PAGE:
I appreciate that it will take courage to take such a step. Republican environmentalists face a chicken-or-the-egg dilemma.

On the one hand, they risk losing elections so long as voters are as polarized on the environment as they are now. As Sanford, the about-to-be-former Republican Representative from South Carolina, described in his Times op-ed, a candidate who bashed Sanford for opposing offshore oil drilling defeated him in the GOP primary election. Sanford notes, though, that his opponent’s strategy “worked in the primary, but it fell flat in the general election.” Democrat Joe Cunningham, who shared Sanford’s views on drilling, defeated the candidate who ousted Sanford in the primary.

I also know of a case in Pennsylvania where an environmental group wanted to endorse a Republican in his primary who had been a great ally on anti-fracking legislation. However, the candidate did everything he could to avoid being publicly associated with the group. That Republican was just being politically savvy — for the short term. He also won his primary, but lost his general election bid.

The tale of Rep. Carlos Curbelo (R-FL), who was defeated for re-election last week despite being the GOP co-founder of the bipartisan Climate Caucus, will undoubtedly be told as “you can’t do enough to please those darn environmentalists” in Republican circles.

The Republican party has changed a lot, not just since 1991, but in the past few years. Who could have foreseen the abrupt change in Republican attitudes about Vladimir Putin? But in this hyperpartisan era, Republican voters’ views on Putin are swayed by the positive words about him emanating from party leaders in the White House and on Capitol Hill.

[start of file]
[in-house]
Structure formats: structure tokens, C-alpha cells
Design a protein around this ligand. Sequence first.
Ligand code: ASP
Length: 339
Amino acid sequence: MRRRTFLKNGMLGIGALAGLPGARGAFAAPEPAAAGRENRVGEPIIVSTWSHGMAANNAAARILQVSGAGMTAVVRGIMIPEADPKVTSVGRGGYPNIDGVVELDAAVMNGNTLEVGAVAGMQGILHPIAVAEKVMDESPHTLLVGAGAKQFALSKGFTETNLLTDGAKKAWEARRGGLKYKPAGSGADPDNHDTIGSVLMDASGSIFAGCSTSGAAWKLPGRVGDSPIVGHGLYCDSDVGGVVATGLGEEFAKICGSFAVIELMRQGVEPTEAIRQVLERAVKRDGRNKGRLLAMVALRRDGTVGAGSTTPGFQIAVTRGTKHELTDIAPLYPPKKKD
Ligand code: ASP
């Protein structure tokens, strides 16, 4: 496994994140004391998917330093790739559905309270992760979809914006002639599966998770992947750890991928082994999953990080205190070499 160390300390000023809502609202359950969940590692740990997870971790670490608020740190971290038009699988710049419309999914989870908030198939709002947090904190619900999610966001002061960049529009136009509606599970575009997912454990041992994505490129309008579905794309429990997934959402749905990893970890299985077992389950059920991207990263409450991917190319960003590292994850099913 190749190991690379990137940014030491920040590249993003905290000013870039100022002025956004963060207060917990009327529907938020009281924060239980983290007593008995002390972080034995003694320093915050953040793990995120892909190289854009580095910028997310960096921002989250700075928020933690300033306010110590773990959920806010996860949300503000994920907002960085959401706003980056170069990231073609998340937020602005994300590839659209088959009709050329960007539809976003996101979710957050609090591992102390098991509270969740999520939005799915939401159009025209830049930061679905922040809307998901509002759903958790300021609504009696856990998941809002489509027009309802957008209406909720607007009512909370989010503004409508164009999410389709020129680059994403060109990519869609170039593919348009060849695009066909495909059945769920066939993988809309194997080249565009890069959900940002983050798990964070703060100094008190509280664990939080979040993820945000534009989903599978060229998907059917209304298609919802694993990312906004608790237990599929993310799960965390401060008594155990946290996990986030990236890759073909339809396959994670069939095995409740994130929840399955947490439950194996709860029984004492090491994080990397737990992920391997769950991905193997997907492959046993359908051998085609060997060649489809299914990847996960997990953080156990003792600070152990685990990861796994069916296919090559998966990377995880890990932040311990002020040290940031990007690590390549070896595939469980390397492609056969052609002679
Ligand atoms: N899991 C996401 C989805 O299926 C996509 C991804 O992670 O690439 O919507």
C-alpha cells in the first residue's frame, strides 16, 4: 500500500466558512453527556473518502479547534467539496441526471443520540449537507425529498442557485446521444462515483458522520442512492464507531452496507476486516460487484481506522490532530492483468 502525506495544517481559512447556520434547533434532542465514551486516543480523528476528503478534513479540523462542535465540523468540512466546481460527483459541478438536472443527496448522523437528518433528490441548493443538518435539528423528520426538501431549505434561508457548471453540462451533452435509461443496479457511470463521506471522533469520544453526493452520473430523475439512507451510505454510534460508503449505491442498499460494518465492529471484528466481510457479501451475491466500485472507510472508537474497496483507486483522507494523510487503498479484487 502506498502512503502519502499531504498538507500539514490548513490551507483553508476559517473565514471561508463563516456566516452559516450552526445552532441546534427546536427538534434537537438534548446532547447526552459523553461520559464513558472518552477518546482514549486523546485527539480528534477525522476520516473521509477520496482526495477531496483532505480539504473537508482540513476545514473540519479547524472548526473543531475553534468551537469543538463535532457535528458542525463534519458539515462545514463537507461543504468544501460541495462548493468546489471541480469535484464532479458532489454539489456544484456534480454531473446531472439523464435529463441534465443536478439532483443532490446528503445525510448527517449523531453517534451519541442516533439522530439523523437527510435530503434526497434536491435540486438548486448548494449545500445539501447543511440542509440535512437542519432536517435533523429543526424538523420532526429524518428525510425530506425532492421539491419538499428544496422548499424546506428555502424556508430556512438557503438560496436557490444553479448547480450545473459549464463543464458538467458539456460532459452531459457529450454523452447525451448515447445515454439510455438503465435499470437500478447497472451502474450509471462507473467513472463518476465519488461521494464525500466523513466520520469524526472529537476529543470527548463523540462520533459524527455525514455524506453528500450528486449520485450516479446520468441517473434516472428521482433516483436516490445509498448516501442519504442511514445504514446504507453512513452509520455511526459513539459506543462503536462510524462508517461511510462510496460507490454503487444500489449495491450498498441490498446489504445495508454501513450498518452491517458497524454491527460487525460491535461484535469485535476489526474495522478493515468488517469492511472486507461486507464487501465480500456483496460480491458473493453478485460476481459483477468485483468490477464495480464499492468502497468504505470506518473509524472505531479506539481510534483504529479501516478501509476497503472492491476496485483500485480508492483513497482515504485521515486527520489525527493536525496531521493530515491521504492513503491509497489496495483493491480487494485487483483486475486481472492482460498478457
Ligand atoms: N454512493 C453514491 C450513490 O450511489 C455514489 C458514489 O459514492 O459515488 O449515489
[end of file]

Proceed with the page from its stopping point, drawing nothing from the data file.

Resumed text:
So, imagine if a prominent Republican politician (or several of them) chose to rally the faithful toward environmentalism. If they could evoke the spirit and passion of Roosevelt, there’s a chance that a lot of Republicans might follow him or her.

In today’s political climate, it’s very hard to imagine that environmental champion being a legislator, especially in Congress.

A current executive, especially one who got into office for reasons largely unrelated to her or his environmental attitude, is a more likely advocate. Many past Republican heroes rose to power for freakish reasons: Roosevelt had been shunted into the vice-presidency to mute his anti-establishment views, but wound up in the White House when Pres. William McKinley was assassinated. Schwarzenegger parlayed his Hollywood celebrity and a crookedly-manufactured energy crisis into winning an unprecedented recall election for governor. William Weld, the governor who championed Massachusetts’ 1996 River Protection Act, first was elected largely because his Democratic opponent (John Silber) was a bete noire for the state’s liberals.